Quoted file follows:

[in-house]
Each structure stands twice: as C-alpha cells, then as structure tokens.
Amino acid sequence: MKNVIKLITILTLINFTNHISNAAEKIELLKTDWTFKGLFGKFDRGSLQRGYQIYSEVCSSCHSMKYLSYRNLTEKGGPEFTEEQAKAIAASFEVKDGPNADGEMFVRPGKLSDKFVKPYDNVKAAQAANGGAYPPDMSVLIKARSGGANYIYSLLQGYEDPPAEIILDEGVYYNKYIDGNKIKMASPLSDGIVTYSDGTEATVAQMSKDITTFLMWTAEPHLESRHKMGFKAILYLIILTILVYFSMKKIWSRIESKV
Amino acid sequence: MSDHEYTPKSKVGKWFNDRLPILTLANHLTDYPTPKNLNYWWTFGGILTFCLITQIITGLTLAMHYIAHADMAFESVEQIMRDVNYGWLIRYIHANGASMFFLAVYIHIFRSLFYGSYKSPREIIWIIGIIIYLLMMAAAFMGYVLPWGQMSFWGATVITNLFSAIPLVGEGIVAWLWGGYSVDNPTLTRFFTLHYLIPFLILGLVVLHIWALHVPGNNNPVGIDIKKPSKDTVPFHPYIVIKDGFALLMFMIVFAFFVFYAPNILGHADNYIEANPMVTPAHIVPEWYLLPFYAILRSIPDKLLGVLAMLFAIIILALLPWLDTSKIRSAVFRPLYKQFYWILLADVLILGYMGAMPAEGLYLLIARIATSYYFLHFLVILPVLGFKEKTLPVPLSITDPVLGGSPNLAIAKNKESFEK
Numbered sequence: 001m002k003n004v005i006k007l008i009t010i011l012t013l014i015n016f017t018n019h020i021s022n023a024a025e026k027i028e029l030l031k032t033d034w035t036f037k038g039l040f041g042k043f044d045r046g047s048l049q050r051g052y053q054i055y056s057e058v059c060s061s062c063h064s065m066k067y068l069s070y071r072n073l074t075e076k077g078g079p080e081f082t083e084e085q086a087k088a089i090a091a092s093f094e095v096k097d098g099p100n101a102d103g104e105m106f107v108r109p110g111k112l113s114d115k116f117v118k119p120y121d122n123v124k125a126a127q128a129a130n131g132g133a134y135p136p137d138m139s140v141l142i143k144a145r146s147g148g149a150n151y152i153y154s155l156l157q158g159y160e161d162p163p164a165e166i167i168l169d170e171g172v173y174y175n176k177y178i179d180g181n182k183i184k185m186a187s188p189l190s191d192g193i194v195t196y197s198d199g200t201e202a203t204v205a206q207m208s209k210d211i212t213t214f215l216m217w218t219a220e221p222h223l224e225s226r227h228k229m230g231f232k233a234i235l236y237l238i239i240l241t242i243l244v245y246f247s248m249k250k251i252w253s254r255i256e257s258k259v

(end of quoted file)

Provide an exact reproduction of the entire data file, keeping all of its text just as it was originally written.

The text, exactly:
[in-house]
Each structure stands twice: as C-alpha cells, then as structure tokens.
Amino acid sequence: MKNVIKLITILTLINFTNHISNAAEKIELLKTDWTFKGLFGKFDRGSLQRGYQIYSEVCSSCHSMKYLSYRNLTEKGGPEFTEEQAKAIAASFEVKDGPNADGEMFVRPGKLSDKFVKPYDNVKAAQAANGGAYPPDMSVLIKARSGGANYIYSLLQGYEDPPAEIILDEGVYYNKYIDGNKIKMASPLSDGIVTYSDGTEATVAQMSKDITTFLMWTAEPHLESRHKMGFKAILYLIILTILVYFSMKKIWSRIESKV
Amino acid sequence: MSDHEYTPKSKVGKWFNDRLPILTLANHLTDYPTPKNLNYWWTFGGILTFCLITQIITGLTLAMHYIAHADMAFESVEQIMRDVNYGWLIRYIHANGASMFFLAVYIHIFRSLFYGSYKSPREIIWIIGIIIYLLMMAAAFMGYVLPWGQMSFWGATVITNLFSAIPLVGEGIVAWLWGGYSVDNPTLTRFFTLHYLIPFLILGLVVLHIWALHVPGNNNPVGIDIKKPSKDTVPFHPYIVIKDGFALLMFMIVFAFFVFYAPNILGHADNYIEANPMVTPAHIVPEWYLLPFYAILRSIPDKLLGVLAMLFAIIILALLPWLDTSKIRSAVFRPLYKQFYWILLADVLILGYMGAMPAEGLYLLIARIATSYYFLHFLVILPVLGFKEKTLPVPLSITDPVLGGSPNLAIAKNKESFEK
Numbered sequence: 001m002k003n004v005i006k007l008i009t010i011l012t013l014i015n016f017t018n019h020i021s022n023a024a025e026k027i028e029l030l031k032t033d034w035t036f037k038g039l040f041g042k043f044d045r046g047s048l049q050r051g052y053q054i055y056s057e058v059c060s061s062c063h064s065m066k067y068l069s070y071r072n073l074t075e076k077g078g079p080e081f082t083e084e085q086a087k088a089i090a091a092s093f094e095v096k097d098g099p100n101a102d103g104e105m106f107v108r109p110g111k112l113s114d115k116f117v118k119p120y121d122n123v124k125a126a127q128a129a130n131g132g133a134y135p136p137d138m139s140v141l142i143k144a145r146s147g148g149a150n151y152i153y154s155l156l157q158g159y160e161d162p163p164a165e166i167i168l169d170e171g172v173y174y175n176k177y178i179d180g181n182k183i184k185m186a187s188p189l190s191d192g193i194v195t196y197s198d199g200t201e202a203t204v205a206q207m208s209k210d211i212t213t214f215l216m217w218t219a220e221p222h223l224e225s226r227h228k229m230g231f232k233a234i235l236y237l238i239i240l241t242i243l244v245y246f247s248m249k250k251i252w253s254r255i256e257s258k259v